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Smart Food, Indeed! This Delicious Popcorn Helps Autistic People Land Jobs

Sam Bier (Photo via Popcorn for the People’s Instagram

If Popcorn for the People had a kernel, it was 24-year-old Samuel Bier.

Bier, who is autistic, wanted to work, travel, and live like everyone else. Three years ago, he applied for jobs, but was constantly rejected. The unemployment rate for people with autism is 80 to 90%, and it was clear that the system was working against him. That was until his parents, two doctors, saw him joyfully eating popcorn while watching Monty Python.

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Performance Picks: Perspectives On Slave Galleries, Vengeful Burlesque, and More

THURSDAY

(image via SUP Comedy / Facebook)

The ‘SUP Show
Thursday, November 8 at Caveat, 9 pm: $8 advance, $10 doors

Once again, this recurring comedic showcase of women, queer, and gender non-conforming performers comes to Caveat to give you the best bits n’ jokes found at their open mic of the same name, which recently moved to The Footlight Bar in Ridgewood. The whole affair is hosted by Juliet Prather, Maddie Fischer, Fareeha Khan, Jesse Roth, and Stephanie Pace, which I always find to be an impressive amount of hosts. The lineup for this particular shindig is TBD, but the fact that you’re going in not knowing the lineup, but still knowing it’s going to be free of racist white dudes complaining about how everyone is offended makes me feel a lot more confident recommending it. Keep Reading »

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Can These Celebrity-Designed Pistols Make a Dent in America’s Gun Problem?

(Photo: Erica Commisso)

New York Rangers goalie Henrik Lundqvist designed his half of the gun with the Rangers’ jersey colors, his number 30 in red and white on the blue handle. On the barrel of the gun: The New York City skyline at sunset. Lundqvist’s twin brother, Joel, designed the other side of the Colt Python 357 Magnum revolver. He’s a hockey player too, in his native Sweden, so he also had his team colors painted on the gun’s handle.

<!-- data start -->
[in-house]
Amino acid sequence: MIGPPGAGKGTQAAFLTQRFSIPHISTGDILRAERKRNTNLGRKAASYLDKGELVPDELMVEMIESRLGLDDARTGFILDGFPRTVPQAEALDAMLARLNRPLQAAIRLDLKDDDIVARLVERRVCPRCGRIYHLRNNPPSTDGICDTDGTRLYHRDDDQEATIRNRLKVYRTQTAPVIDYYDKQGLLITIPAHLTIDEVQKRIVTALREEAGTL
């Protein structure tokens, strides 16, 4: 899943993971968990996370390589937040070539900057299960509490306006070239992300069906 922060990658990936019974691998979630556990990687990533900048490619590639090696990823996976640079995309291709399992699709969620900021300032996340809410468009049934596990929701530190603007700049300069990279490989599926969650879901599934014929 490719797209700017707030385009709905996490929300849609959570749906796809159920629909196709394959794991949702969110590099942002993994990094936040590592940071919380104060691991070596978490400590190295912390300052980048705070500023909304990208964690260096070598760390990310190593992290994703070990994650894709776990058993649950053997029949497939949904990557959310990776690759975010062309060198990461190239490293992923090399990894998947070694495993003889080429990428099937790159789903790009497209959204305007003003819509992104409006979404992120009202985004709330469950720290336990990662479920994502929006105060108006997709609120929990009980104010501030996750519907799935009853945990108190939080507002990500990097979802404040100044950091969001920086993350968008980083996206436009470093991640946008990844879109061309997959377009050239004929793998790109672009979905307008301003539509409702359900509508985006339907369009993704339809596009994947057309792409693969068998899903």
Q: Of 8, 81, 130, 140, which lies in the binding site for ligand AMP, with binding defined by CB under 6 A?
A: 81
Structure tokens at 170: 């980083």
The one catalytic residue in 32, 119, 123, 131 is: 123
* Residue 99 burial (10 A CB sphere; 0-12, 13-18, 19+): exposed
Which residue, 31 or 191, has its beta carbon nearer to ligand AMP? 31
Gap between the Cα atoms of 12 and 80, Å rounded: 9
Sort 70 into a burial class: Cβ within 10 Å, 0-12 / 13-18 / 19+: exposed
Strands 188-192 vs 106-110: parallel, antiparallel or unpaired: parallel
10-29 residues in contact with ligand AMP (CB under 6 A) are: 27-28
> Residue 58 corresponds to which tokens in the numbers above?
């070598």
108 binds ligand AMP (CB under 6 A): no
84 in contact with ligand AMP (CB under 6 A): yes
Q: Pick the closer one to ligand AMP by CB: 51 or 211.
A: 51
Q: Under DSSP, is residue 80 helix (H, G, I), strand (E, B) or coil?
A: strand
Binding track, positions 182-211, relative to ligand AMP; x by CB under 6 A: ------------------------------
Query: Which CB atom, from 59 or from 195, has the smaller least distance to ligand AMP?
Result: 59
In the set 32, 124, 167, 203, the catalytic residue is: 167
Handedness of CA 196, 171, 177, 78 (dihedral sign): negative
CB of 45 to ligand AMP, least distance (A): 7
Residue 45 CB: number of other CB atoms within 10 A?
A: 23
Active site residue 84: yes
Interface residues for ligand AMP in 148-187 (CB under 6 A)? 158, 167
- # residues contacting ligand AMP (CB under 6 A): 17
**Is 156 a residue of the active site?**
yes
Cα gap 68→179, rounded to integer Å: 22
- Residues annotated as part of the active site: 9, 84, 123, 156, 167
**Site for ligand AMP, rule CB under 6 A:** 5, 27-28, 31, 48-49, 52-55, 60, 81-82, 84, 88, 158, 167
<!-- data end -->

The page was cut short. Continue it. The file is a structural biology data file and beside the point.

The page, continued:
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Weekend Art Openings: African Masks, Tiny Sculptures, and The Apocalypse

(image courtesy of Salon 94 Bowery)

Flash of the Spirit
Opening Friday, November 9 at Salon Bowery 94, 6 pm to 8 pm. On view through December 21.

Lyle Ashton Harris’s photos, on view at Salon 94 Bowery starting this Friday, contain much colorful, vivid imagery, but few human faces. Instead, the faces in the bodies he captures are covered by elaborate, striking masks sourced from a variety of places, including several African masks from his uncle’s collection. These images are actually self-portraits, but you might not know it. And that’s kind of the point: throughout history, people putting on masks has been equated with them transforming into someone (or something) else, whether that be an improved version of oneself or a way to avoid accountability. Harris has been making work dealing with queerness, Blackness, and the self in the context of diaspora for decades, and this is a chance to see what he’s up to now. Keep Reading »

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Popping Into the Whitney’s Andy Warhol Retrospective, Opening Monday

(Photos by Jess Rohan unless noted)

Andy Warhol once called New York the best place in the world, and Warhol was the patron saint of the alternative East Village culture that today’s NYU students both mourn and gradually cannibalize. Head to the Whitney Museum of American Art next week to pay homage to the artist who pioneered loving stuff ironically, from selfies and celebs to fake news.

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‘Democracy Dies in Dampness’: Massive Lines, Broken Scanners, Epic Waits to Vote in Soggy NYC

(Photo via @dagesjuvelierkeates on Instagram)

If you thought the line for a last-minute Halloween costume was as bad as it got, you may have learned otherwise when you headed to the polls this morning. As if the soggy weather wasn’t bad enough, New Yorkers reported downed scanners and waits of up to four hours. (Gonna need those free drinks!) Even Mayor de Blasio had to wait in line; he emerged from his Brooklyn polling location calling for voting reform and saying “NYC deserves so much better.” The state Attorney General’s office announced that as of 3:30pm, it had received roughly 100 complaints about New York City poll sites with broken scanners. Here’s a look at this morning’s carnage in the B+B area.

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NYC’s Empty Newspaper Boxes Are Being Turned Into Woke Lending Libraries

(Photos courtesy of New York Mini Libraries)

On your way to the polls, grab a leftist polemic or a dystopic novel from the guerrilla mini-libraries that started popping up in old newspaper boxes around Manhattan yesterday.

“Books are weapons in the war of ideas,” a sticker on the newsrack-turned-mini-library on the corner of Reade Street and Centre Street reads, paraphrasing a Franklin D. Roosevelt quote. “Arm yourself.”

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